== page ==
Byte of Prevention Blog

by Jay Reeves |

A Full Year’s Worth of Great Marketing Tips

marketing tipsInstead of the usual birthday or Christmas greeting, how about sending clients a card celebrating a unique holiday that has special significance to your practice?

Elvis Presley’s birthday, for instance. It works for Memphis attorney Lucian Pera, who each year sends out personalized cards honoring The King’s birth.

“For a number of people I do business with, my connection to Memphis is important,” he says here. “I want them to think about Memphis and think about me, and I don’t want there to be more than a half second between those two thoughts.”

You can have fun with this idea. Invent your own holiday. Design your own card. Bonus points for originality.

A Year’s Worth of Awesome Marketing

Marketing your law practice doesn’t have to make you All Shook Up. Here are 24 quick and easy suggestions – two for each month of the year – courtesy of the ABA Journal:

  1. Sign up to speak at a CLE seminar. Pick a topic you’re interested in and a program you think will be well attended.
  2. Contact three to five potential referral sources each week and schedule a lunch or coffee date – no matter how busy you are. Don’t limit your marketing outreach to slow times.
  3. Volunteer as a greeter at the next business reception you attend. You will be able to introduce yourself to lots of new people.
  4. Try to be helpful to prospective clients even if your assistance has nothing to do with the law. Perhaps the prospect needs a good vet. Find them one – and ask them to remember you if they ever need legal help.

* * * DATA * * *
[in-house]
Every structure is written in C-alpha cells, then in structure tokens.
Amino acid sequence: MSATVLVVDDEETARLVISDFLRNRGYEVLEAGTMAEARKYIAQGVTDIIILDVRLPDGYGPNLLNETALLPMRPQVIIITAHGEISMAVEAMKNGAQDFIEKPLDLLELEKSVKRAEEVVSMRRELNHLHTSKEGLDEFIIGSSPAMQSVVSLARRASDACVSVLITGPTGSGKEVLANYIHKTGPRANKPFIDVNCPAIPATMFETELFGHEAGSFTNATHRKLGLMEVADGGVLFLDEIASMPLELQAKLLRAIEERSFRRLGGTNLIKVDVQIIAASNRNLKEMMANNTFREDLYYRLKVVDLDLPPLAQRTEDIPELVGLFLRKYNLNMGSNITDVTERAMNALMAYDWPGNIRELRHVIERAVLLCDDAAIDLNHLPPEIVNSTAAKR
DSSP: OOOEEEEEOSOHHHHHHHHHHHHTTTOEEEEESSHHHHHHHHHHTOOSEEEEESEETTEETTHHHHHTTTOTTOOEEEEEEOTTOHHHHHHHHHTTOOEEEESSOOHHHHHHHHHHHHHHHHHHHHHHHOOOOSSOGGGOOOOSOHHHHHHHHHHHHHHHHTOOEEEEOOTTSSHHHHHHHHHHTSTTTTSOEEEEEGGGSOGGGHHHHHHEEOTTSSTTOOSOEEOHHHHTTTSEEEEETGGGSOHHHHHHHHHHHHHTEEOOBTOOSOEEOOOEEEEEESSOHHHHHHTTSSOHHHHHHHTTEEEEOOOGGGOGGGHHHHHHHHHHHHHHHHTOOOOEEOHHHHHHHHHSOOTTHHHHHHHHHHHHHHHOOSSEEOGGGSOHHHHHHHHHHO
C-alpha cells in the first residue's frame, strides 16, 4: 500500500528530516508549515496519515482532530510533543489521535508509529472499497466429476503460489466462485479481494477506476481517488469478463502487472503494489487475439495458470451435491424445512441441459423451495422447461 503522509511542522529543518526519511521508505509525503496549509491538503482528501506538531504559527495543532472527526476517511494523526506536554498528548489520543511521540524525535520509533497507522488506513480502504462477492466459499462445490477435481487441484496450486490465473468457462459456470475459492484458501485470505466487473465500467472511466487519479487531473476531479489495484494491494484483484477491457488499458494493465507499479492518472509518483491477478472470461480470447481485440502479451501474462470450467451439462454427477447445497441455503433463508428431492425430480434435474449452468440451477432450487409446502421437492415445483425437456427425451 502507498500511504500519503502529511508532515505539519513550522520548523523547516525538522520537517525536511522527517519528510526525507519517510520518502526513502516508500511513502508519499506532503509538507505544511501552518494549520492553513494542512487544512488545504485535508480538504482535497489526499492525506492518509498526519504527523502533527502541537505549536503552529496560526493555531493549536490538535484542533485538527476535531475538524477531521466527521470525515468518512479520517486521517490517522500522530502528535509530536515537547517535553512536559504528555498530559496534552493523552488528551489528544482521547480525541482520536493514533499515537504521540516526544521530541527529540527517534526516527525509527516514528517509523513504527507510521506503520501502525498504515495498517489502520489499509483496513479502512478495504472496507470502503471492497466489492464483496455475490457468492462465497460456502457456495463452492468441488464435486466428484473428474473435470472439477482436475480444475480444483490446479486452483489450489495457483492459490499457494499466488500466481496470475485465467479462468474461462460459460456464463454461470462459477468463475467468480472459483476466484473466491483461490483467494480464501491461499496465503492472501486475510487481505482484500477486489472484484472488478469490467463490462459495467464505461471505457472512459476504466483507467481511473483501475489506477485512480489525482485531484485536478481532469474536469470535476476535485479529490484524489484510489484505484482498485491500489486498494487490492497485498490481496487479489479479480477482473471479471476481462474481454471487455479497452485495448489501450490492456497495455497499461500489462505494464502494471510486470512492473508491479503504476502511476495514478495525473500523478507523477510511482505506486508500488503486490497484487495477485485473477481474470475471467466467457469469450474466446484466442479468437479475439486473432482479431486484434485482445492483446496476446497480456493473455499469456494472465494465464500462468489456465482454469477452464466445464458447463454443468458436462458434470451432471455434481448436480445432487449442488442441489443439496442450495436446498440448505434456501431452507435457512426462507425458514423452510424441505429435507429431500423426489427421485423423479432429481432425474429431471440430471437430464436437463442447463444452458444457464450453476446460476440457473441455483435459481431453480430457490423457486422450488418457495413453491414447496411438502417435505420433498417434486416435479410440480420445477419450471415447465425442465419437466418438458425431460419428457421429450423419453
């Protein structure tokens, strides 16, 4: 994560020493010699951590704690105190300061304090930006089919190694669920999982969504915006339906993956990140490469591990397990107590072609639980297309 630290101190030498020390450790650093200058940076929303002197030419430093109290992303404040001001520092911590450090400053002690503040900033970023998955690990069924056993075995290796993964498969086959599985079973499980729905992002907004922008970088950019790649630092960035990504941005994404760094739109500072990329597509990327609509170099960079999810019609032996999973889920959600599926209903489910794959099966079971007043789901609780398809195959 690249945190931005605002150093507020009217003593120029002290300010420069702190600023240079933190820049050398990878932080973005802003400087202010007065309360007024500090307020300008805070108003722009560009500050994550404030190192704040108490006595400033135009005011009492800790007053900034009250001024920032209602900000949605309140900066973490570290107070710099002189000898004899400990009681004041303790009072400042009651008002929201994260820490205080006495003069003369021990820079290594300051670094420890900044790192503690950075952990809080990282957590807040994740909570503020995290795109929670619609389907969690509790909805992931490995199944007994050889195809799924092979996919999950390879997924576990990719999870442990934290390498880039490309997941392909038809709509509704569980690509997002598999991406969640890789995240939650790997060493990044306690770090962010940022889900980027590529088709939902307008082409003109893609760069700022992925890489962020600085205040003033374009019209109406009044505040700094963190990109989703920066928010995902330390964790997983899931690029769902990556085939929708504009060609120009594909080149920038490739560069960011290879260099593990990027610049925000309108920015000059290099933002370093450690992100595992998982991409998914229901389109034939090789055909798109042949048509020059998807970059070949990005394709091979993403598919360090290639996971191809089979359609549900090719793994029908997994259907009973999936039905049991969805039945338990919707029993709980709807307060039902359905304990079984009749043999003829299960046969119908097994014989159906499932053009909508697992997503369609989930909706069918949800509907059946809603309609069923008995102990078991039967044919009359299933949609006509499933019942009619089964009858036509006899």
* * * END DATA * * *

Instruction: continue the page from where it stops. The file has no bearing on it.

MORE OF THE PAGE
5. Target new lawyers as referral sources. Experienced attorneys already know where to refer cases.
  6. Organize monthly meetings of law school classmates. Make them fun and productive.
  7. Be true to yourself in all you say and do. Authenticity never goes out of style.
  8. Don’t shower people with your business cards. Instead, ask for their card and email them your contact information.
  9. Posts tweets between 1 and 3 PM EST. These get the most clicks.
  10. Call one active client every day just to check in and see how they are doing.
  11. Track who is visiting your website through Google Analytics. See what articles or posts are attracting attention.
  12. Join the NC Bar Association. Attend the annual convention.
  13. Visit a new business that has opened in your area. Welcome them to the neighborhood.
  14. Keep your blog current. Postings don’t have to be long or complicated. A single sentence with a helpful link – or a striking image with a simple caption - can be more effective than a thousand words.
  15. Write a LinkedIn endorsement for someone you know and respect. Be proactive. Don’t wait for them to ask you to write one.
  16. Call a lawyer who has previously sent you business. Say you hope they are doing well, and ask if you can be of any assistance.
  17. Be scrupulously honest. A stellar reputation is the best marketing tool you can have.
  18. Before meeting with a prospective client, do a Google search to learn more about them. Try to identify possible legal needs they might not even know about.
  19. Keep your online content positive. You never know who might be offended by a snarky or negative post.
  20. Make your office as physically accessible as possible. Provide clear directions on your website.
  21. Give prospective clients a list a nearby restaurants, parks and interesting sites. This will make their visits to your office more pleasurable.
  22. When you meet someone, don’t lead with your job title. Tell them instead what you do every day to help your clients.
  23. If you refer business to other lawyers, make sure they know you did it.
  24. Don’t brag. Let your work speak for itself.

What tips would you add to this list?

Source: ABA Journal

About the Author

Jay Reeves

Jay Reeves practiced law in North Carolina and South Carolina. He was Legal Editor at Lawyers Weekly and Risk Manager at Lawyers Mutual. He is the author of The Most Powerful Attorney in the World, a collection of short stories from a law life well-lived, which as the seasons pass becomes less about law and liability and more about loss, love, longing, laughter and life's lasting luminescence.

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